It is impossible to predict which of the thousands of papers published each year will be important and which will be consigned to the dustbin of obscurity. Only time will show their proper role, but the exact way in which a disease was recognised is easily forgotten.
In 1959, at the beginning of my career I was working as a registrar in neurology at the Middlesex Hospital, when a young girl presented with a wasted hand and spastic lower limbs. She denied that any other members of her family were affected. I thought that she had an intrinsic tumour of the spinal cord and she was admitted for investigation, but a myelogram found no abnormality.
She subsequently developed a sterile meningitis and became very ill, and her mother came to visit her in hospital. The house officer shrewdly observed that the mother had a similar spastic gait to that of her daughter. The mother was examined and on questioning, it turned out that other members of the family were affected.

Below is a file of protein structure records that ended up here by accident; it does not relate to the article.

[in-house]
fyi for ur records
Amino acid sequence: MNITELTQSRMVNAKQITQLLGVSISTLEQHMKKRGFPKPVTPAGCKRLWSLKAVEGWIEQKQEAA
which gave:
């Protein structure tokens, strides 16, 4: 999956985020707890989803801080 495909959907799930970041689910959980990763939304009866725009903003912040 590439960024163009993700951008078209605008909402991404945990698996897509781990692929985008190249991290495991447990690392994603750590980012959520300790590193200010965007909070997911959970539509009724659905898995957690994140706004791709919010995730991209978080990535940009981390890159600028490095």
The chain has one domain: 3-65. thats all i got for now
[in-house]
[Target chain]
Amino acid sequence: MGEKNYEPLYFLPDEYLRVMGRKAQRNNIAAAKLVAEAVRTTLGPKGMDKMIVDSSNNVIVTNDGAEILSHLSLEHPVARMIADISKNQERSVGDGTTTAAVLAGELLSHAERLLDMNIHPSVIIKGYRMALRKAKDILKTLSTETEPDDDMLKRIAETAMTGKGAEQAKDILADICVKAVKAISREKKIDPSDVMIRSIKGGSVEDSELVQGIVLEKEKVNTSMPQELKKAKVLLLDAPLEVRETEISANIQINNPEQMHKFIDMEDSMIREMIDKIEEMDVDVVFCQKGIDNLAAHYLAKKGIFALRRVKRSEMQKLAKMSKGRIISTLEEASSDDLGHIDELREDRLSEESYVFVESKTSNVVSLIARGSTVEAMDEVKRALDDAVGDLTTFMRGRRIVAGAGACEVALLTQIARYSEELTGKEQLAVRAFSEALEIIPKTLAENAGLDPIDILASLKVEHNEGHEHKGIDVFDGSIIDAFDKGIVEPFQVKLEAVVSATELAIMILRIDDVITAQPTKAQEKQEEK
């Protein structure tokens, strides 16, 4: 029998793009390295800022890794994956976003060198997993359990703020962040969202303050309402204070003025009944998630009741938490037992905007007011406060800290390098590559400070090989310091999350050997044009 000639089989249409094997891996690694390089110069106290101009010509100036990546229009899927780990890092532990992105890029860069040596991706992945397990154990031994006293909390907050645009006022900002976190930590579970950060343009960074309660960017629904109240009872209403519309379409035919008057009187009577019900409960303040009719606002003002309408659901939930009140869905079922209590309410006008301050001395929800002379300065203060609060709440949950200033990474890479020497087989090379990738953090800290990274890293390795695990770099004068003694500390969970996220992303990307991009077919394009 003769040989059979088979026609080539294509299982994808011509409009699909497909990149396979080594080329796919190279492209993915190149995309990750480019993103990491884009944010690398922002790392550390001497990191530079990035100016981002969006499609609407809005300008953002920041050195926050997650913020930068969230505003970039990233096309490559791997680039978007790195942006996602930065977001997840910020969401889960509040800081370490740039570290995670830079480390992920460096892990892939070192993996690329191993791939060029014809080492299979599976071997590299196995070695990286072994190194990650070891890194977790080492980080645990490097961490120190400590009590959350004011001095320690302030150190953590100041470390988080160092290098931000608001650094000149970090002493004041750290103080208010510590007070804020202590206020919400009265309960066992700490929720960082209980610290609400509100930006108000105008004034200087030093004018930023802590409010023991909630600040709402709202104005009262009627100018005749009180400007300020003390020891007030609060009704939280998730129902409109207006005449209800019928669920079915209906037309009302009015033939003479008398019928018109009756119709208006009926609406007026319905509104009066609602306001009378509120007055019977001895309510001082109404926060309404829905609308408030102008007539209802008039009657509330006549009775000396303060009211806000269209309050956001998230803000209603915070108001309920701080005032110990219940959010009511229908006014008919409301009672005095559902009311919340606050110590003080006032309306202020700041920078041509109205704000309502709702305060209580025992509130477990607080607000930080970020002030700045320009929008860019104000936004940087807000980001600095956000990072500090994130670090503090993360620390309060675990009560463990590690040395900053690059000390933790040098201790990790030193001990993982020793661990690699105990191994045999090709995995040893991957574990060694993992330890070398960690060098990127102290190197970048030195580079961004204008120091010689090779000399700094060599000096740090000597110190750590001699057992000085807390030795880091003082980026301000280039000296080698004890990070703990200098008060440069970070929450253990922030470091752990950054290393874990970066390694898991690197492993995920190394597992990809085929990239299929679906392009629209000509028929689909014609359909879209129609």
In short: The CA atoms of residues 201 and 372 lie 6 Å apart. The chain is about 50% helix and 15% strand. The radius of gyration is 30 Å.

Her great aunt had been admitted in 1912 to the National Hospital for Nervous Diseases with a similar condition. She was thought to have either a myopathy or progressive muscular atrophy and was discharged after three months of study. The diagnosis was not established.
Her aunt had been investigated at the London Hospital in 1954 after difficulty in walking and weakness in the hands when she was 19. She was found to have wasting of the abductor pollicis brevis and opponens on both sides, with some weakness of the interossei. She had bilateral carpal tunnel syndrome diagnosed, with the pyramidal signs being attributed to a congenital lesion of the pyramidal tracts.
My attention was drawn to another family when a man was admitted for a cataract operation and was observed to have severe bilateral wasting of the small muscles of his hands and spastic lower limbs. This had been present since the age of 16 but did not prevent his serving in the first world war. Other members of the family were known to be similarly affected.